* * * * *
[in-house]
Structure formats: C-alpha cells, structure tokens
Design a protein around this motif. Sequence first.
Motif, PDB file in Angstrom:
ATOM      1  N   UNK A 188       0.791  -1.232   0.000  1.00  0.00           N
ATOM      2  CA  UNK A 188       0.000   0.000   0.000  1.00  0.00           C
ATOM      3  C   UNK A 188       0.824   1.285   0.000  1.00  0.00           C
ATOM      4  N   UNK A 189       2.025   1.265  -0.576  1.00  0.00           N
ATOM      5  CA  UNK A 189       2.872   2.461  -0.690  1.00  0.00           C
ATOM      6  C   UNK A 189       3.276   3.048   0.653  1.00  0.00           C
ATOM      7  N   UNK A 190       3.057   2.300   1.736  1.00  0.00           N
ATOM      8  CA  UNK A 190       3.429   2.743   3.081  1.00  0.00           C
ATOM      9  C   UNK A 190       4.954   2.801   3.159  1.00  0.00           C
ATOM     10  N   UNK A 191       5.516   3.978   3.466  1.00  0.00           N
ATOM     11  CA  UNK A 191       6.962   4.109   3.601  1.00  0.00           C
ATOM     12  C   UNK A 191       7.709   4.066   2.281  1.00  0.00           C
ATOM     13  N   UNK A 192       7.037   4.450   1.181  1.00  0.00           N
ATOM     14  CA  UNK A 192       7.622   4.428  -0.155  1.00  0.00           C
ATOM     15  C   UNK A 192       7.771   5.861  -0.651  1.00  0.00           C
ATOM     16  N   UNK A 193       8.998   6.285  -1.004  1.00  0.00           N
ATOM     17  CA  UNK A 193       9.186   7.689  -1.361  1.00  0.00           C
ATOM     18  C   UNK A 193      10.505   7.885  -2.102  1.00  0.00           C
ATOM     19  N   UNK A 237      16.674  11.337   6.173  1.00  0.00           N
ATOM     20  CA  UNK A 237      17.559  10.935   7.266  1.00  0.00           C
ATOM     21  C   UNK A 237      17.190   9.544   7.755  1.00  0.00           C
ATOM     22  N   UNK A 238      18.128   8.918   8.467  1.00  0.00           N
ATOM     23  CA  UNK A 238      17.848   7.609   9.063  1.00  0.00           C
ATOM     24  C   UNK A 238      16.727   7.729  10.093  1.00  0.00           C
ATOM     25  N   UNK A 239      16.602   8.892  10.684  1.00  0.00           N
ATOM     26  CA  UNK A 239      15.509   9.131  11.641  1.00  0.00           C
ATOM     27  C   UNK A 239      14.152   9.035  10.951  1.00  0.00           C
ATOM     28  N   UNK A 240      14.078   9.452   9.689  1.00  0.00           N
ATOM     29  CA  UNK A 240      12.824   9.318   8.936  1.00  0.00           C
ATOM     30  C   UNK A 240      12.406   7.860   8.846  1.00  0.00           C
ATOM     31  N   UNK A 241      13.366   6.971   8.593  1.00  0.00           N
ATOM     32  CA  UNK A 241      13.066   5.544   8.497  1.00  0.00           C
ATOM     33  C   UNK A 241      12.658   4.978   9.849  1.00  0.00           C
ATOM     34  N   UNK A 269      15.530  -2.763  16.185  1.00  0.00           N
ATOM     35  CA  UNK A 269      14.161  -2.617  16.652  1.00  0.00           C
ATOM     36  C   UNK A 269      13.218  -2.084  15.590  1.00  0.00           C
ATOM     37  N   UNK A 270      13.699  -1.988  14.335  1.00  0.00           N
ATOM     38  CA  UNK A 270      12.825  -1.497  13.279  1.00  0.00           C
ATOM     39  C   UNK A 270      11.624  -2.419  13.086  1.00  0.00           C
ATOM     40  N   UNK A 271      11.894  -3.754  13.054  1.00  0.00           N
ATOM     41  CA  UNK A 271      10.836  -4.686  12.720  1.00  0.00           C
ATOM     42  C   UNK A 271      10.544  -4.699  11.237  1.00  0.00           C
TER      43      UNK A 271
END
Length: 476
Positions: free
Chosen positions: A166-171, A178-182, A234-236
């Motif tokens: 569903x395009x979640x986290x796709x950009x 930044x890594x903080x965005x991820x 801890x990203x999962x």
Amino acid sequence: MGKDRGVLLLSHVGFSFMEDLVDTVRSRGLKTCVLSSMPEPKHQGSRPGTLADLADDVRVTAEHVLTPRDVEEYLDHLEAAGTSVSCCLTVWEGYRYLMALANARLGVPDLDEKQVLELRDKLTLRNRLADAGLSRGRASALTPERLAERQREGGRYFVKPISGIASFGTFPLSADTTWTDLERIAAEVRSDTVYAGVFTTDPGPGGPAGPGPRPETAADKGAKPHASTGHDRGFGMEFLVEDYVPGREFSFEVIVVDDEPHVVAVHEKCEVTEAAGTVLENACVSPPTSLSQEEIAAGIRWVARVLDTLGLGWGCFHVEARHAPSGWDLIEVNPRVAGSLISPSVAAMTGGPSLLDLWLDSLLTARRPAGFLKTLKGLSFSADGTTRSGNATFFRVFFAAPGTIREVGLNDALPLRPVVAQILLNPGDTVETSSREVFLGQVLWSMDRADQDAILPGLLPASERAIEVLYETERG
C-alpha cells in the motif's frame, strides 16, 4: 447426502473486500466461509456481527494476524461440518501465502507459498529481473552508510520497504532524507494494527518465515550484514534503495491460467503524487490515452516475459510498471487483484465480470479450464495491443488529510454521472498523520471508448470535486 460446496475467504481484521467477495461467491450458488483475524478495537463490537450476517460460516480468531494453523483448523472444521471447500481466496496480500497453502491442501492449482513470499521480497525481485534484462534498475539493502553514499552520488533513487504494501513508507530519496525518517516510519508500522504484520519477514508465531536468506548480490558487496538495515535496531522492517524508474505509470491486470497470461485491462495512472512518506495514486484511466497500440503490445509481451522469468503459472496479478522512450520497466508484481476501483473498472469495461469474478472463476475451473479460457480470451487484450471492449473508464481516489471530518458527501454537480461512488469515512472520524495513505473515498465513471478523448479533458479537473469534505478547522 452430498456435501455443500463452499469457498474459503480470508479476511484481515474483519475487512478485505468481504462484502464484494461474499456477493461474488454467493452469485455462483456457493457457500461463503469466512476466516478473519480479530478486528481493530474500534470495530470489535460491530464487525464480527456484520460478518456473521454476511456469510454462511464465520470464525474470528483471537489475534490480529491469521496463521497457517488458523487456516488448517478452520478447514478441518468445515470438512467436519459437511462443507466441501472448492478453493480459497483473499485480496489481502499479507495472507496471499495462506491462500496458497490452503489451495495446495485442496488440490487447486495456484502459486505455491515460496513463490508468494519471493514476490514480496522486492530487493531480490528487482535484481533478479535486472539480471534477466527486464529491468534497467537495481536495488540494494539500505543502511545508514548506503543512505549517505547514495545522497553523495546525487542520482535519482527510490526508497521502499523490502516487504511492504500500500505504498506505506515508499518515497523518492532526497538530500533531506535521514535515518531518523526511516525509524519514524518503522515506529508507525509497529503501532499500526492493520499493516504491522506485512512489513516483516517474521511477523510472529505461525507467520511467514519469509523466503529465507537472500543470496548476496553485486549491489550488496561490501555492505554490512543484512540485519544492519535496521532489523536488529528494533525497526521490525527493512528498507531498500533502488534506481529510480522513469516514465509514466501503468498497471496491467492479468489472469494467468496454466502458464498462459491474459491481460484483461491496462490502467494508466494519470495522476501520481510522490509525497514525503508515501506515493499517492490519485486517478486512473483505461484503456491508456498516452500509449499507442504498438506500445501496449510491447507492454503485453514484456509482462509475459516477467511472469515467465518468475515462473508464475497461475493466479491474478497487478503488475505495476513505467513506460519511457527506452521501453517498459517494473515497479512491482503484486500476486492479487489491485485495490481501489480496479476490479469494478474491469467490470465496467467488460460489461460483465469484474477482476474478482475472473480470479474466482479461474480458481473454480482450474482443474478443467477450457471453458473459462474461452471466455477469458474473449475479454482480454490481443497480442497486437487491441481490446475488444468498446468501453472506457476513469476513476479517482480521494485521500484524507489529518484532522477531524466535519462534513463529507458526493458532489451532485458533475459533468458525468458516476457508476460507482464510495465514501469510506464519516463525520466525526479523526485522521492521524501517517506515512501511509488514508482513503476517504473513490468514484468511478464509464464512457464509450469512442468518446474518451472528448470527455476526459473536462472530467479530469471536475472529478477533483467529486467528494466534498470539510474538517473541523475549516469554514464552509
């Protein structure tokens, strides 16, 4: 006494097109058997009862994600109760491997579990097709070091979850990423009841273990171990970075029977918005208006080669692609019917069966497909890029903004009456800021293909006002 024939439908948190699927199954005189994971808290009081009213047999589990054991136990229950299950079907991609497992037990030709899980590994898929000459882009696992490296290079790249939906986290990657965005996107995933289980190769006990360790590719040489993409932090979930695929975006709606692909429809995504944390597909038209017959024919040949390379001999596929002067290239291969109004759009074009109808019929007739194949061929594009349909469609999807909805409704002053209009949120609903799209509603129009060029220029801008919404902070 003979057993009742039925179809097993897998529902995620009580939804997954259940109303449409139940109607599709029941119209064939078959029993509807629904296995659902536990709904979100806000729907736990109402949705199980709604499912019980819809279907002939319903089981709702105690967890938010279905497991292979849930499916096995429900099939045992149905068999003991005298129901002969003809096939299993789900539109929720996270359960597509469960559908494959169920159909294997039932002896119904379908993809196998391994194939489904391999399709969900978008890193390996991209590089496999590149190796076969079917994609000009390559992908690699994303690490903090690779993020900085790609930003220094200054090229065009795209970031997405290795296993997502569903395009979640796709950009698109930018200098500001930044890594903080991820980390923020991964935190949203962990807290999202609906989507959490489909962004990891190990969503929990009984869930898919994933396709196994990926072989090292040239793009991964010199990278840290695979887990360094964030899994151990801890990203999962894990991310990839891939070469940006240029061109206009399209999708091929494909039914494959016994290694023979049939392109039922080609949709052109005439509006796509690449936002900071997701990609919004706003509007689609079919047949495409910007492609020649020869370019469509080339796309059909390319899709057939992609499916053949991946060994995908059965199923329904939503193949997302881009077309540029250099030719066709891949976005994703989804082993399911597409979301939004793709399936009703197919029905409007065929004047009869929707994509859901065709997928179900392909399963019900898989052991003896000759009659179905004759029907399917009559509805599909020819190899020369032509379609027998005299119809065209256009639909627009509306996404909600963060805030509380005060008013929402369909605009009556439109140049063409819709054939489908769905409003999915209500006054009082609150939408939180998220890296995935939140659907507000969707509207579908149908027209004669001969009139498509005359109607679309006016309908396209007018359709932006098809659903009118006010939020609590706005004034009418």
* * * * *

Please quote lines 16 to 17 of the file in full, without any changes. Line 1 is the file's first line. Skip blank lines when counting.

ATOM     12  C   UNK A 191       7.709   4.066   2.281  1.00  0.00           C
ATOM     13  N   UNK A 192       7.037   4.450   1.181  1.00  0.00           N